When he testifies before the House Judiciary and Intelligence Committees on July 17, Robert Mueller can expect to be pelted with accusations that he’s the ringleader of a “coup” to take down President Donald Trump, according to a new report from Politico:
“He’s done some irreparable damage to some things and he’s got to answer for them,” said Rep. Louie Gohmert, one of 25 Republicans on the House Intelligence and Judiciary Committees who get to grill Mueller during the back-to-back hearings.The Texas congressman added that his reading of the special counsel’s report did little to temper his long history of animosity for the former FBI director: “It reinforced the anal opening that I believe Mueller to be.”
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Among those who will go after Mueller are longtime Trump acolytes Reps. Jim Jordan (Ohio), Matt Gaetz (Fla.), Devin Nunes (Calif.). and Andy Biggs (Ariz.), all of whom have said from the beginning of the Russia investigation that the special counsel is biased against the president:
“It becomes reader’s theatre,” predicted Biggs, a member of the Judiciary Committee. When pressed on whether he thought the high-profile hearing could backfire for Democrats, the Arizona Republican replied with a smile: “I certainly hope so.”
Democrats, on the other hand, will use the hearings in order to bring Mueller’s findings into the mainstream so they can be better understood by the American public:
They’ve lamented that since Mueller’s redacted final report became public in mid-April, few Americans have actually read the document; instead it has been filtered through the lens of TV newscasts and cable punditry. A growing contingent of House Democrats who favor launching impeachment proceedings against Trump, largely because of what Mueller found, say they hope his on-camera recitation of his findings accomplish what the last two months haven’t.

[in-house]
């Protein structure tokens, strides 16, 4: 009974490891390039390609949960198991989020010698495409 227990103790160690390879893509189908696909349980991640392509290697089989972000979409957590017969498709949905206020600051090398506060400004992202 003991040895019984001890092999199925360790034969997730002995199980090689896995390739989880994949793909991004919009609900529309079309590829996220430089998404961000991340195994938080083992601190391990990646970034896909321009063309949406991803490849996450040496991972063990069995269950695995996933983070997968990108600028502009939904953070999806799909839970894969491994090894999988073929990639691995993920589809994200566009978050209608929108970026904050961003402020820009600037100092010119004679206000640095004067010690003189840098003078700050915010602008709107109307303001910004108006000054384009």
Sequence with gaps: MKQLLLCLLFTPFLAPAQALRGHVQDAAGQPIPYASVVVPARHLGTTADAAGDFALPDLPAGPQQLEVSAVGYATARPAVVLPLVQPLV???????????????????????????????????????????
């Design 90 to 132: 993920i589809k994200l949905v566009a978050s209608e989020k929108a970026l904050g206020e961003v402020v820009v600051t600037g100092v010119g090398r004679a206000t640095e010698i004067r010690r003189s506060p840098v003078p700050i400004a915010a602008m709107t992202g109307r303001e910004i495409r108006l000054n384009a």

But being too dismissive of Mueller could also wind up backfiring badly on House Republicans, according to Paul McNulty, who was a deputy attorney general in the George W. Bush administration Justice Department while Mueller was FBI Director:
“Bob will stick with Marine-like discipline to his battle plan of staying within the four corners of his report. Members will say much more with their statements than he will say with his answers.”
Sam Sokol, a former top House Judiciary Committee Democratic counsel, echoed McNulty’s remarks, noting:
“I think Mueller will be extremely prepared,” he said. “He’ll present factually compelling — and my guess would be an emotionally powerful — defense of the good faith and patriotism of his team.
“I think the claims of bias or flawed procedures or misuse of the FISA court that have been made, as far as I’ve seen, don’t have a credible foundation and I think Mueller will be able to expose how small and political those charges are, especially when put up against the gravity of the attack on our election and foreign interference on our democracy that his report documents.”
No matter what happens, it promises to be compelling, must-see television.
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